King Tide Gives Glimpse of Sea Level Rise
Byline: Taylor Hill
The highest tides of the year hit Southern California’s coastline Dec. 13, giving a glimpse of what a possible future sea level rise could mean to beachfront and harbor communities.
The high tides capped out at more than 7 feet at 8:15 a.m. Dec. 13, causing flooding and water damage to houses and businesses in Sunset Beach and along Huntington Harbour. Flooding was also reported on streets along the Balboa Peninsula. And the high tides led to seeping seawalls along Naples Island, with water spilling onto walkways and near homes along the canal.
Overall, local officials said the damage was minimal in most locations, as the rain and weather that drenched the coast the night before subsided prior to the peak tide. Officials also said that if there had been a swell or stronger onshore winds, the flooding could have been much greater.
The worst flooding was seen at Sunset Beach, where a 1.3-mile stretch of Pacific Coast Highway — from Warner Avenue to Anderson Street — had to be closed due to ankle-deep water. Caltrans workers spent two hours working to drain the stretch of highway that often floods during rainstorms.
The combination of rainwater from the storm the night before, along with the high tide spilling water from Huntington Harbour onto the street led to the greater-than-usual flooding.
In Newport Beach, flooding was reported along 42nd Street and River Avenue and near 26th Street and Newport Boulevard. The city’s tidal valves located along the bayside of the Balboa Peninsula were closed prior the King Tide, which kept seawater from backing up into the storm drains and preventing most of the water from emptying out onto the streets.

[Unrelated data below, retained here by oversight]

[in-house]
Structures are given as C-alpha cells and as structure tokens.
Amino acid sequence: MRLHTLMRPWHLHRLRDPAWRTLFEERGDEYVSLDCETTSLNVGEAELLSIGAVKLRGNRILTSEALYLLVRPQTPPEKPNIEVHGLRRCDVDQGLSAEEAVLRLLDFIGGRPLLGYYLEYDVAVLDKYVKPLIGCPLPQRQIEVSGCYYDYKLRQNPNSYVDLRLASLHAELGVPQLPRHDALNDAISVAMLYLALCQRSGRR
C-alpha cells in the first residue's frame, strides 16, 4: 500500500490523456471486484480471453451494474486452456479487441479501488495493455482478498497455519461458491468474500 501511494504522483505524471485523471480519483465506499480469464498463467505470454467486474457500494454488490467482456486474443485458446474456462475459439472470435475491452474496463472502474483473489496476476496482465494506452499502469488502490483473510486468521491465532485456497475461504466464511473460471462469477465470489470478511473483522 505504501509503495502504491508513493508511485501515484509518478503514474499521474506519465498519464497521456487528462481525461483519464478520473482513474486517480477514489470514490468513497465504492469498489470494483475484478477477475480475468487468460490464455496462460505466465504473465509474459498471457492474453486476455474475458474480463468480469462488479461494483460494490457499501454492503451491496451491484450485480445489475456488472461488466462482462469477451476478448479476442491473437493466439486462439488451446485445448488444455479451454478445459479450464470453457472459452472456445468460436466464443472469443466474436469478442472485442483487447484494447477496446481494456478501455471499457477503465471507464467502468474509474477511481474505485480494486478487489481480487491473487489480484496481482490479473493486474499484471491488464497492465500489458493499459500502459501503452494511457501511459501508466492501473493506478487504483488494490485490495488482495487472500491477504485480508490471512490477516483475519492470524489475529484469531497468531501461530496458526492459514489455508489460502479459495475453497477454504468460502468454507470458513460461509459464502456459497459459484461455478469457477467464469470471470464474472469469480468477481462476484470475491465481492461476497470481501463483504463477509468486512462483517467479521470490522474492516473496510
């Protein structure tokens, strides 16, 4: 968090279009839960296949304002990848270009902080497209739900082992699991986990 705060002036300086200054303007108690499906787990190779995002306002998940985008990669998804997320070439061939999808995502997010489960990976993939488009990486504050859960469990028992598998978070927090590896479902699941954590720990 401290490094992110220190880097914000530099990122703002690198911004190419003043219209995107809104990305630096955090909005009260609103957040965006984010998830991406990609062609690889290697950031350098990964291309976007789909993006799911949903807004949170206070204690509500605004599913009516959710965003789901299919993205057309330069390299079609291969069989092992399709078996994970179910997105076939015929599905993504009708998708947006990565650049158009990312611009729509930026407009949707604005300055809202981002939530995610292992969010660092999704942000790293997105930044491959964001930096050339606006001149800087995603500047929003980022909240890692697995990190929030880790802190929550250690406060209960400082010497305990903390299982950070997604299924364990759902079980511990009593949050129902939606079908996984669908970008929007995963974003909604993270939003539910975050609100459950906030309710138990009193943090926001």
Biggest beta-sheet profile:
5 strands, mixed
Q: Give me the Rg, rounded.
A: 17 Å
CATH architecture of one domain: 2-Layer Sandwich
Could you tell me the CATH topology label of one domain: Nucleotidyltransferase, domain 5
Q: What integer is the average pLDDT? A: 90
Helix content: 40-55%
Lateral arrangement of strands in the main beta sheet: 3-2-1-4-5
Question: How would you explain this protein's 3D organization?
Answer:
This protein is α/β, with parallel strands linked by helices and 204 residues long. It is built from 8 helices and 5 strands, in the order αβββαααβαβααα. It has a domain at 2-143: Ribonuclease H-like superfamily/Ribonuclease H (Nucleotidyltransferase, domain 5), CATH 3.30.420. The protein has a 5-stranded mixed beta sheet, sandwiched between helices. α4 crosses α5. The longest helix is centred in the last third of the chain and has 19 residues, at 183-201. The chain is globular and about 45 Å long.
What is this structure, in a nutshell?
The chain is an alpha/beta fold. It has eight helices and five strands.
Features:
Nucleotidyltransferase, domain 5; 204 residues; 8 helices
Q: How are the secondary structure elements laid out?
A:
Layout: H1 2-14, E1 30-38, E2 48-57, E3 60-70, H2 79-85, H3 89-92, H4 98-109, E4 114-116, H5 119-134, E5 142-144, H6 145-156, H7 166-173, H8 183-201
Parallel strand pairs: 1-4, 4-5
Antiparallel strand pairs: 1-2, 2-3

City spokeswoman Tara Finnigan said pumps were brought in to send the water that accumulated on the streets back into the harbor.
At Long Beach’s Naples Island in Alamitos Bay, seawalls along a portion of the canal began seeping water onto walkways and toward waterfront homes as the tides crept up to unusually high levels. The water did not top the walls, but it bubbled up from below ground.
Other harbors and beach communities in Southern California saw high sea levels, but limited flooding. Beach berms built up by city and county officials along Seal Beach, Oceanside, Redondo Beach, Venice Beach and other locations held up against the swelling tide, keeping vulnerable waterfront homes and businesses dry.
Experts say the ultra-high tides are a result of a unique alignment of the earth, sun and moon. The tide, which is the highest of the year, was more than seven feet at most Southern California beaches, reaching over 10 feet in Northern California’s Redwood City, according to the National Weather Service.
In order to better understand what sea level rise could mean to beachfront communities in the future, organizers at the California King Tides Initiative have been asking residents and visitors to post photos of the high tides in their communities to its website to illustrate the phenomenon.
The California King Tides Initiative cites a report released earlier this year, conducted by the National Academy of Sciences, that projects approximately 1 foot of sea level rise by 2050, and a sea level rise of up to 5 feet by 2100 along the California coast.